The question of what defines "good leadership" is a massive debate in and of itself and not one I intend to wade into in this article. Rather, I would contend that once a definition of "good" is established that putting in place positive reinforcement for leaders that meet that definition is a benefit to the community. The benefits come in several forms.
First, a wider array of competent people get attracted to leadership roles if there is a reward in it. While "success is its own reward" is a comment some might make, most humans don't work that way. Most people do a cost-benefit analysis and realize long hours; drama; politics; trolls; administrative logistics and all of the other tasks that go along with even a small to mid-sized guild is a big cost to try to counter balance with the "success is its own reward" argument. There are certainly people that do believe that success is its own reward and they are actively leading successful guilds of raiders; pvpers; casual players etc.. all across the gaming world. But those successful groups are a small fraction of the total gaming population. There are other people out in the gaming world who have the talents needed to lead an organization successfully but who don't step forward as the cost/benefit equation is too heavily slanted towards 'cost'. So figuring out how to at least balance the equation widens the pool of good leaders and thus creates more stable communities and thus strengthens the overall spiderweb that forms the greater gaming community.
Second, having goals to work towards often motivates people to do more and invest more into their organizations. Individually we see that in ourselves and others each time we play games. When there are suitable rewards to obtain, that we place enough value in, we put in more hours with the game to earn them. The same principle applies to those leading organizations. And, when a competent leader invests more time in their organization, the whole team benefits.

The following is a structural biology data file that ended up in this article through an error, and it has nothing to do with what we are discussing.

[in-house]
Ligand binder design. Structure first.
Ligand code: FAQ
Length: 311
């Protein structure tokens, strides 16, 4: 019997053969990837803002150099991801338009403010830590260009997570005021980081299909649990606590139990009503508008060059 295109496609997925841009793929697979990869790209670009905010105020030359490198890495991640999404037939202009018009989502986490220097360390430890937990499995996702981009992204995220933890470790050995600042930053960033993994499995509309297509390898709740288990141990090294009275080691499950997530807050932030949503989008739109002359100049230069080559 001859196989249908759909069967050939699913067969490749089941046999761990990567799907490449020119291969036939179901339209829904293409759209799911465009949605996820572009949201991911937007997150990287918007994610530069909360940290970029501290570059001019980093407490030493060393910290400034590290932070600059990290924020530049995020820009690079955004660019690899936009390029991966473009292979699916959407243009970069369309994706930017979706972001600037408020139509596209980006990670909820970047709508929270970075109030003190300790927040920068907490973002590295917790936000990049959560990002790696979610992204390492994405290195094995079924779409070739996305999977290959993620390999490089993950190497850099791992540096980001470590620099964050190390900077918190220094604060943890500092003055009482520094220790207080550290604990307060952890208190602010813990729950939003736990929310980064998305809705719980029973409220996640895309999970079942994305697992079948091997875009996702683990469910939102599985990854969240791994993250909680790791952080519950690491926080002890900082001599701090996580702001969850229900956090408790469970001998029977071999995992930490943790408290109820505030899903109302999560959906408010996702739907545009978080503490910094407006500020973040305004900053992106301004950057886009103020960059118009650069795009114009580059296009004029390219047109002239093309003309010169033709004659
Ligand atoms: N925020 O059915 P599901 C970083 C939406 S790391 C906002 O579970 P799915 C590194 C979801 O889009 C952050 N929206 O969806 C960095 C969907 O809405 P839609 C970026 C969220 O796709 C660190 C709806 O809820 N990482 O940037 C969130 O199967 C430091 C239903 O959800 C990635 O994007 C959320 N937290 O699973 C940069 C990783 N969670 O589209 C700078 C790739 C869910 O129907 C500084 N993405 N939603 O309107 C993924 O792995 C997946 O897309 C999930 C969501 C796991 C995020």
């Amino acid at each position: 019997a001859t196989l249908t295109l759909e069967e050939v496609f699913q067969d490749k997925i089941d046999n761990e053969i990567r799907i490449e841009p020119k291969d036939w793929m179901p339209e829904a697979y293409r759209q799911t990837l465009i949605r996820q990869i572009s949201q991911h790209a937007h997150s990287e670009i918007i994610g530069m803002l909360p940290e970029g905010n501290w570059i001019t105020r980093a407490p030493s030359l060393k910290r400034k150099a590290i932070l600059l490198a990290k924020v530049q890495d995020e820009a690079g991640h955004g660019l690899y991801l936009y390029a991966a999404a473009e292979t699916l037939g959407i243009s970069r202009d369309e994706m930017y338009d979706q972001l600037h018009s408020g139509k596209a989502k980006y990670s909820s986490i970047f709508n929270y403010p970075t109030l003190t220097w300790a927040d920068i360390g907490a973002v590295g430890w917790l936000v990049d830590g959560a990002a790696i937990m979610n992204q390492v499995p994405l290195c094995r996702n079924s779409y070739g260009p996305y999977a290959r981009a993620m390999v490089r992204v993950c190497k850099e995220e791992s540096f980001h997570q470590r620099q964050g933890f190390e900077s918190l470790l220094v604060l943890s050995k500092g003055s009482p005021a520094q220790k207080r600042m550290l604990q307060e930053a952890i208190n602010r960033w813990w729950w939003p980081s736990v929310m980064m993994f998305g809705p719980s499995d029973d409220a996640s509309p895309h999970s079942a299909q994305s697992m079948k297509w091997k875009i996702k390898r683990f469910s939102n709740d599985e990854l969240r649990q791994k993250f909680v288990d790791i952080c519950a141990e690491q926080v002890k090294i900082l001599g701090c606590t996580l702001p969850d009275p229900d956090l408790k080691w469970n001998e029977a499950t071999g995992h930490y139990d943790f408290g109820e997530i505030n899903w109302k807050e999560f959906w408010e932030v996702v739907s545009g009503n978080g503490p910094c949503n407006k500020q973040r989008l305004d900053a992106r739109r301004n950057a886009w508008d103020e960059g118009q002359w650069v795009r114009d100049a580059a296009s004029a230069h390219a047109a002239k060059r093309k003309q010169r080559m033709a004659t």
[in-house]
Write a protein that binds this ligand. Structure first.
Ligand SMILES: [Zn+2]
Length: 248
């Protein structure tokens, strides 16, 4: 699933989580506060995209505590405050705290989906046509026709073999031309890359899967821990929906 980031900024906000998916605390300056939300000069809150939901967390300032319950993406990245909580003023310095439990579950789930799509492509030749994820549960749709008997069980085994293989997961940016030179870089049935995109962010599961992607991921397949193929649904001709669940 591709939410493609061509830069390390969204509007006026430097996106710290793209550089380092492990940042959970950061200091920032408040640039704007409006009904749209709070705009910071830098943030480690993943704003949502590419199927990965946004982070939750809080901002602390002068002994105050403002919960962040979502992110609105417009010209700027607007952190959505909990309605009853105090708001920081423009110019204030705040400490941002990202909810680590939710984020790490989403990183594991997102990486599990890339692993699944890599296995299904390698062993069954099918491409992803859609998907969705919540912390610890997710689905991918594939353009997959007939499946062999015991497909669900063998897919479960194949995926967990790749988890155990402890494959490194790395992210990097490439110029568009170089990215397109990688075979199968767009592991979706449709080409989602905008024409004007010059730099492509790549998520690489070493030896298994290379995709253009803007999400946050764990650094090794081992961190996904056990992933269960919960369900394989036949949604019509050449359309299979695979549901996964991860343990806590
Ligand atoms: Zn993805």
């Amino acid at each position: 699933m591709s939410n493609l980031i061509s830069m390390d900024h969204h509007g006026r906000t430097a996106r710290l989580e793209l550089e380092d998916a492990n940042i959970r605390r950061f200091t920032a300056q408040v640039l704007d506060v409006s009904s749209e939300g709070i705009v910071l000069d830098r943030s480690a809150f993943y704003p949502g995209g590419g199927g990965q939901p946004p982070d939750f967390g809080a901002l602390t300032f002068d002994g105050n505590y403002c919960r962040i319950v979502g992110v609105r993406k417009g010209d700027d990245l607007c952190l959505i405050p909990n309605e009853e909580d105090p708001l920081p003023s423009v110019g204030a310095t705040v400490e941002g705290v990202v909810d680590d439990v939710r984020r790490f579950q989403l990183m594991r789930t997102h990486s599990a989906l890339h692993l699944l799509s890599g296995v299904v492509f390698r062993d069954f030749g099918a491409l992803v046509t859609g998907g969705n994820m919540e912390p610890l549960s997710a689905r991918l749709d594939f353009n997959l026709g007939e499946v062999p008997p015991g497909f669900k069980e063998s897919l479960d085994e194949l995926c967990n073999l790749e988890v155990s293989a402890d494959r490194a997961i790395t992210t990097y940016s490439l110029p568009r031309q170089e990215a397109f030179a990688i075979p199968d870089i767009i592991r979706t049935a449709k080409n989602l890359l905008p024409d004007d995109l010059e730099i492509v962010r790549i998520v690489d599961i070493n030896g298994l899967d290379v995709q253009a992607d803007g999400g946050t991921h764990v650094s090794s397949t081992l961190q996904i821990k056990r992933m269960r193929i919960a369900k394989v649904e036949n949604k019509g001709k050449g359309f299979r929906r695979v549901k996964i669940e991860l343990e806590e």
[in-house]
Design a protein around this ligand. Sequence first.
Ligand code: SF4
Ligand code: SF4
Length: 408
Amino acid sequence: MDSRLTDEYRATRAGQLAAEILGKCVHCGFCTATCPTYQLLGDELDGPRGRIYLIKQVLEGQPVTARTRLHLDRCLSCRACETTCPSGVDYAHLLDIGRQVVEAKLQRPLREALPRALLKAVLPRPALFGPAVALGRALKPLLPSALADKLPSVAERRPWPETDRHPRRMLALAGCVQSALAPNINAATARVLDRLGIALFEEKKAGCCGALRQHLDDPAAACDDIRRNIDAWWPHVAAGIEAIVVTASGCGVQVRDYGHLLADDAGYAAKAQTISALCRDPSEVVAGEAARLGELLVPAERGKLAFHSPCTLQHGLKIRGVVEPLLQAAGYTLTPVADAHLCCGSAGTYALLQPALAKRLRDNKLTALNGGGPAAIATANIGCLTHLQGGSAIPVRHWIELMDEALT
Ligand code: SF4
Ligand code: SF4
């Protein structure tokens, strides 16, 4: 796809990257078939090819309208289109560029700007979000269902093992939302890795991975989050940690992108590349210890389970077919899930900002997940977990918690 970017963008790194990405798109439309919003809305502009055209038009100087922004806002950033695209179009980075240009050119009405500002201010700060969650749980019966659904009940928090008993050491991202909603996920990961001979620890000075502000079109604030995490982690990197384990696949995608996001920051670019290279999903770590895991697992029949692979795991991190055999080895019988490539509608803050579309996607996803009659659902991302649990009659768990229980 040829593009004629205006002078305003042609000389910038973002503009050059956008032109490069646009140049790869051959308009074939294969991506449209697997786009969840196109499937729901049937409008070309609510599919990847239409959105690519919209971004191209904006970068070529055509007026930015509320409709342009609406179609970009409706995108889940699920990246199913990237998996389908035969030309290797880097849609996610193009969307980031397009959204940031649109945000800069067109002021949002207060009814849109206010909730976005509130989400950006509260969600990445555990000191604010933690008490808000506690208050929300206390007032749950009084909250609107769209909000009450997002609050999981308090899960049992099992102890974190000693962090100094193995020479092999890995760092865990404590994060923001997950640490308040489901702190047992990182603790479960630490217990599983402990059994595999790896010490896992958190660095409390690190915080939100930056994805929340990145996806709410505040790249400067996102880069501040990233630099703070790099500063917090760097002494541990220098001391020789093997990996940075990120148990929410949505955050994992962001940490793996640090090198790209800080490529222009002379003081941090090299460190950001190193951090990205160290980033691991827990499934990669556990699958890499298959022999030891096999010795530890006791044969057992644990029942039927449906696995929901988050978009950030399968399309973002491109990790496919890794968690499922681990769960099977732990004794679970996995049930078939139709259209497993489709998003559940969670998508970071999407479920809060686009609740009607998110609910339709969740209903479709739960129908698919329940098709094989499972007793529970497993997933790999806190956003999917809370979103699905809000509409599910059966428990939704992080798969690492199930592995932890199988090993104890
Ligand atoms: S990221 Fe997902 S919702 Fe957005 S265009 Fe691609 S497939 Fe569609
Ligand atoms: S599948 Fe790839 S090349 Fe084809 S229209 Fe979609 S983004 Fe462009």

Third, one of the leading causes of community implosion is when the leader chooses to leave. Providing that incentive to stay engaged and moving the organization forward will keep more leaders involved for a longer period of time. That involvement means a more stable overall community; less turnover of players from games; and more fun for everyone involved. Community implosion costs the developer revenue (in the form of lost players) and it costs players fun (in the form of drama; finding a new group to fit into; and often resetting themselves to 0 in the pecking order of the new group).
In summary, there is no silver bullet to community stability and making everyone get along without problems. If there was, we'd have world peace and no crime. The virtual world is even harder since there is an added element of anonymity that causes some people to behave in ways that they wouldn't if they were standing in front of you or worked in your office or were on your sports team (when was the last time someone ninja'd all the snacks from the end of a kids soccer game?). But, that doesn't mean improvements can't or shouldn't be made towards the stability of online communities. When communities implode, everyone involved in the community suffers. Improving the chances of community success or lengthening the average time a community remains stable are all value added achievements to the online landscape. One tool in that toolbox would be to define a way to measure 'good leadership' and then reward leaders within your communities for achieving those goals. That is one way to promote stability at the micro and macro guild/community level.